They permit them to advertise their products and to generate positive publicity for both themselves and their offerings. It is also a forum where companies can make contact with potential customers and to sell to them on a face-to-face basis (linking personal selling to direct marketing).

Objectives of Trade Fairs and Exhibitions:


The various objectives of trade fairs and exhibitions are as follows:

(i) To enhance company/brand awareness amongst trade audience

(ii) To introduce new products

(iii) To reach customers-cost effectively


(iv) To generate additional sales

(v) To identify sales opportunities/leads

(vi) To enhance relationships with existing customers

(vii) To gain information about competitive companies


Types of Trade Fairs and Exhibitions:

Trade fairs and exhibitions may be of different types.

Some of the important ones are as follows:

Trade Fairs:


Trade fairs may be general and specialised.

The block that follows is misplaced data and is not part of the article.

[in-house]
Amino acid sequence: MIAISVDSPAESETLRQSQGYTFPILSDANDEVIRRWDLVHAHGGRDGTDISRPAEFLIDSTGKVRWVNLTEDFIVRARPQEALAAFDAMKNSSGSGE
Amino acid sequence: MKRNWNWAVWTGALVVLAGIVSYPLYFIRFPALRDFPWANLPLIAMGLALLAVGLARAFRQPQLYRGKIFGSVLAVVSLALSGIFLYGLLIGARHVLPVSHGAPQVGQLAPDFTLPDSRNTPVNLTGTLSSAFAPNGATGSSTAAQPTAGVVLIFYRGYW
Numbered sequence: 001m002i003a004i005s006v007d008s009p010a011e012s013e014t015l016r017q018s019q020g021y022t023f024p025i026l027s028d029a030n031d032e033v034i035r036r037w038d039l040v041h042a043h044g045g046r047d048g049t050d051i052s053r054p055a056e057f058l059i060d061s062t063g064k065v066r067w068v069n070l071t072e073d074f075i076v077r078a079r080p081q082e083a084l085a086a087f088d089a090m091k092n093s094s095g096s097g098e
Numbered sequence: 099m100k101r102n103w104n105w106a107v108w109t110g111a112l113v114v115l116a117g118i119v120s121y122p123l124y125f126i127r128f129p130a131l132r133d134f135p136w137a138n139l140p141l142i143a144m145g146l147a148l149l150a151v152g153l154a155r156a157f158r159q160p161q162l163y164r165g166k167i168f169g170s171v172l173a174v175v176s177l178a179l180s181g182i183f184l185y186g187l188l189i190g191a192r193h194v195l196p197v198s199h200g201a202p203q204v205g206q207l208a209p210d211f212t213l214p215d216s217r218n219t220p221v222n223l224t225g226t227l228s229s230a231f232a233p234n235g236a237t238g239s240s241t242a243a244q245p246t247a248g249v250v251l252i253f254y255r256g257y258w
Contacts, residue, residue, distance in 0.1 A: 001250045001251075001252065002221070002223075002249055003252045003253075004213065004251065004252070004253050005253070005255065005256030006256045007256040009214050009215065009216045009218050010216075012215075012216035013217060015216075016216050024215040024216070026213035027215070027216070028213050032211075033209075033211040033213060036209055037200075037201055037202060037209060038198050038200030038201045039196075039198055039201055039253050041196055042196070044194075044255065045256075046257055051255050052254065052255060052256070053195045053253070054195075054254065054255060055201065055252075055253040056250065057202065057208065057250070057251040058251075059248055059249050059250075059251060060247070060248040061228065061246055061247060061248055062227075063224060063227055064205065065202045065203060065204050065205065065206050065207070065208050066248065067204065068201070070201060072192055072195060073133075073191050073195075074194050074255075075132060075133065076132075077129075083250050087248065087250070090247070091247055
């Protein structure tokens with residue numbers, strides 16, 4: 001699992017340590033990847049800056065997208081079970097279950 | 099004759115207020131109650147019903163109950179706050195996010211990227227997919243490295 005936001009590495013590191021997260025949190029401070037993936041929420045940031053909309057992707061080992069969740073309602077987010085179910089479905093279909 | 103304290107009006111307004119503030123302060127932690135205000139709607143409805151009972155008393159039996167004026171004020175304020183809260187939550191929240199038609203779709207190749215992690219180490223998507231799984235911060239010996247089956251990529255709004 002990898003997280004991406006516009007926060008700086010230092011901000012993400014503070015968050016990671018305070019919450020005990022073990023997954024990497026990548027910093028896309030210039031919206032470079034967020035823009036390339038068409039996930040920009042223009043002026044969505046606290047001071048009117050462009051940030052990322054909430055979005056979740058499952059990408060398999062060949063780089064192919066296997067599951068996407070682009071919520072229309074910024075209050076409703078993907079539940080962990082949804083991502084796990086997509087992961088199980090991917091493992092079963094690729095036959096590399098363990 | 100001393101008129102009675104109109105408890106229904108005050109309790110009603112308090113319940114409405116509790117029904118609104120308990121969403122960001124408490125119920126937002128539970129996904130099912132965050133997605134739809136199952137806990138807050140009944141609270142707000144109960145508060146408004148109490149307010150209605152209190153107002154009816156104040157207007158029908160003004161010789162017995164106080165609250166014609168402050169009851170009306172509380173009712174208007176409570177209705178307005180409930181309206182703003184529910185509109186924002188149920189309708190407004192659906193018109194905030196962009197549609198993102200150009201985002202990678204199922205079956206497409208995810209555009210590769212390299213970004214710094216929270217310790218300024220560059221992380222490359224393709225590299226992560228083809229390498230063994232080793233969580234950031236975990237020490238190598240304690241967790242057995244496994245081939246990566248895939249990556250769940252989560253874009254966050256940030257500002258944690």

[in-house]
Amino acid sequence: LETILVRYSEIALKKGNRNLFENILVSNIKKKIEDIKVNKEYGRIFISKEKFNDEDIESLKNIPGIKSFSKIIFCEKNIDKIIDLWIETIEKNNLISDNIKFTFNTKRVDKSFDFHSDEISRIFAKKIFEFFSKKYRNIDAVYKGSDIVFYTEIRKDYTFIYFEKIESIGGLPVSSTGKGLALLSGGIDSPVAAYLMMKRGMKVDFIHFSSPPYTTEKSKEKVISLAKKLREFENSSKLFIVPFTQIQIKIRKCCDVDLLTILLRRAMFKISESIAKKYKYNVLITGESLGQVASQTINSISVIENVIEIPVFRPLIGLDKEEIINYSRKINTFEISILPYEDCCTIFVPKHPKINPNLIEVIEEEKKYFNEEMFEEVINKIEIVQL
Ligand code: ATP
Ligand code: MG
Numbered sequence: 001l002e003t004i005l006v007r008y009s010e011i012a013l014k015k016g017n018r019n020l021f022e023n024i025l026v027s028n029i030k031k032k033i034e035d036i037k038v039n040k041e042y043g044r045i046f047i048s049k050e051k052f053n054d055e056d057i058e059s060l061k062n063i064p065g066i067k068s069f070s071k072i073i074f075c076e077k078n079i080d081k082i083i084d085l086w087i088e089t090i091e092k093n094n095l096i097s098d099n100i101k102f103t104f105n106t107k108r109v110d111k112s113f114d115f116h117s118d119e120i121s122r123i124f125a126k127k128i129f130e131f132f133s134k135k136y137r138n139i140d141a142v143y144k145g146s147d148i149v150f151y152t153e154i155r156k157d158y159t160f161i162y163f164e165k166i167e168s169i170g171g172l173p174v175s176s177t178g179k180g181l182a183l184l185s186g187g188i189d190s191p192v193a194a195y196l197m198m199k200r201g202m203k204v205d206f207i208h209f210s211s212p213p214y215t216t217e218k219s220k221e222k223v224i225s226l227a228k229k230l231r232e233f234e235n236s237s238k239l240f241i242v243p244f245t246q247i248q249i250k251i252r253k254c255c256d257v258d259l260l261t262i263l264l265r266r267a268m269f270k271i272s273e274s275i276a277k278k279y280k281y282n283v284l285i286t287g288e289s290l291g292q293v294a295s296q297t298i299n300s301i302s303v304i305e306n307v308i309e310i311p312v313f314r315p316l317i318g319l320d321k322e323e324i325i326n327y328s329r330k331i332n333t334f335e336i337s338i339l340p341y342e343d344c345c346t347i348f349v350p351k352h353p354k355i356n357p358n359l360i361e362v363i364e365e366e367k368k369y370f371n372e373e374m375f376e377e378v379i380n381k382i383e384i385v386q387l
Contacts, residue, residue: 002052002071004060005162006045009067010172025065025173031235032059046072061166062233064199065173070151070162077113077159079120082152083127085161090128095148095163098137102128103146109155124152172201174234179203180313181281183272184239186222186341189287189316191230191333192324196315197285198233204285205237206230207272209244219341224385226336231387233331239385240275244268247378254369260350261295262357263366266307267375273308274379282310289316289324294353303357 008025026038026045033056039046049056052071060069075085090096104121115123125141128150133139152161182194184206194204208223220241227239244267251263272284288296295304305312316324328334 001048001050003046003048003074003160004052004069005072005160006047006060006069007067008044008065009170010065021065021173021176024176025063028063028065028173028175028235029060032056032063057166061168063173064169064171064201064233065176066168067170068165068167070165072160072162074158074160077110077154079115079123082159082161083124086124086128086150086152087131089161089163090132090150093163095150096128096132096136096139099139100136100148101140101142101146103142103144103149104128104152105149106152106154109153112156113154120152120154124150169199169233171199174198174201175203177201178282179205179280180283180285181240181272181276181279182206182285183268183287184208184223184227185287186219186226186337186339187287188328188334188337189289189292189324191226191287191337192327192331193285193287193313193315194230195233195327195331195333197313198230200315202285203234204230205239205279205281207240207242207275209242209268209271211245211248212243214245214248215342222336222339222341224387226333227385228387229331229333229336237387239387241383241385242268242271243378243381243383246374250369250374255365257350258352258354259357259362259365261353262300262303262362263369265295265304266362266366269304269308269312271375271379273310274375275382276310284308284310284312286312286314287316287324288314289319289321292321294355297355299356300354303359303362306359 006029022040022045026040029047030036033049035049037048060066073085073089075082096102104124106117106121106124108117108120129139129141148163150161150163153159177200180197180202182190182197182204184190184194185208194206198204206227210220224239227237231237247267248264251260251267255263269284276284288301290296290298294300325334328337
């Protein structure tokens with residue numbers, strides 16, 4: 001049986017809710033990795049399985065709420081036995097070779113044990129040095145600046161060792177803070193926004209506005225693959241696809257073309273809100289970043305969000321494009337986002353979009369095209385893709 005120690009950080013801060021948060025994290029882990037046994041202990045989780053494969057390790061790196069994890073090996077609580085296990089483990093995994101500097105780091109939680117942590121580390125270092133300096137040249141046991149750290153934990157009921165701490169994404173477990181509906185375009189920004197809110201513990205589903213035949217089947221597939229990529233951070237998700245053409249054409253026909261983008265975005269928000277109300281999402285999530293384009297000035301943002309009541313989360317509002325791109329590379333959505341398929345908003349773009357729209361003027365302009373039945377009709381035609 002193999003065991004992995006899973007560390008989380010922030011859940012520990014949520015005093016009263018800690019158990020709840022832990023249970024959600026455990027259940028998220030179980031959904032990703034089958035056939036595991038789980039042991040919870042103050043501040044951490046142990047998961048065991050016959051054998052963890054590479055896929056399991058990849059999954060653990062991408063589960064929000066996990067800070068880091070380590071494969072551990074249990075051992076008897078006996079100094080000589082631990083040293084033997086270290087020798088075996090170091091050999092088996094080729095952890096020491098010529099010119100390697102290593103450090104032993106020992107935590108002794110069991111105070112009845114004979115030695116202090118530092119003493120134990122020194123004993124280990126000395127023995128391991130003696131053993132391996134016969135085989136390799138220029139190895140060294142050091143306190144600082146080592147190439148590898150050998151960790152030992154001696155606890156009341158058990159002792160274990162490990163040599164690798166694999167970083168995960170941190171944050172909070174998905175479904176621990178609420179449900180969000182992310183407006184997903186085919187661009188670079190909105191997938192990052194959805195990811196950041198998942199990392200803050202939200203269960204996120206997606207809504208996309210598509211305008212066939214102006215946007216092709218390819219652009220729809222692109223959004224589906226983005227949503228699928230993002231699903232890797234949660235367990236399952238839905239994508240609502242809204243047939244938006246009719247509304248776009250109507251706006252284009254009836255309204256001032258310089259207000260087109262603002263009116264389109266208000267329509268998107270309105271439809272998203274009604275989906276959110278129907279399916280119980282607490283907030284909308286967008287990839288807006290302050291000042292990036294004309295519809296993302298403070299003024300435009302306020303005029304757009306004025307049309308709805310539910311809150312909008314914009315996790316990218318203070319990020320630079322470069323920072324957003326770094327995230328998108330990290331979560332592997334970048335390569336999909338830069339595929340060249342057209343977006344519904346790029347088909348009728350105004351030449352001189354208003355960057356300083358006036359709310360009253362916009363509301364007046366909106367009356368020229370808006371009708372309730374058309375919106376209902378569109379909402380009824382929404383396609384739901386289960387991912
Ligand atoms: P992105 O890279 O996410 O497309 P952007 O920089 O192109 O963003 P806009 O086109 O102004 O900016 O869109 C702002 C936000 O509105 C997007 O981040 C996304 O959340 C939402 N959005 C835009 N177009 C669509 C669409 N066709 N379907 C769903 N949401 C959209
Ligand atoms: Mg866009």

(i) General Trade Fair:

At general trade fairs all types of goods are presented. Different stalls are used for exhibiting similar goods. One stall may be used for textile goods and the other may present electronic goods. The general fairs are meant for general public and trade. The public may purchase the goods on spot and traders may contact for long term deals.

(ii) Specialised Trade Fair:


In specialised trade fairs only specific products are displayed. The fair may be for engineering goods, textile goods, etc. Various producers of same type of goods come together and present their products. These fairs are meant for industry and trade and long term contracts are concluded. Trade fairs are used all over the world for promoting and selling the goods. In India, Pragati Maidan in New Delhi, is regularly used for national and international trade fairs.


Exhibitions may be national or company specific.

(i) Solo (National) Exhibition:


Sometimes the government of a country may organise an exhibition of its export products in a country where market prospects are bright. The exhibition may be specialised one, i.e., here only a small number of related product groups are displayed or a general exhibition showing all important export products of the country.

(ii) Company Exhibition:

Company exhibition is organised by an exporting firm to exhibit its own products depending on the nature of the products. Such an exhibition may be open to trade and consumers both.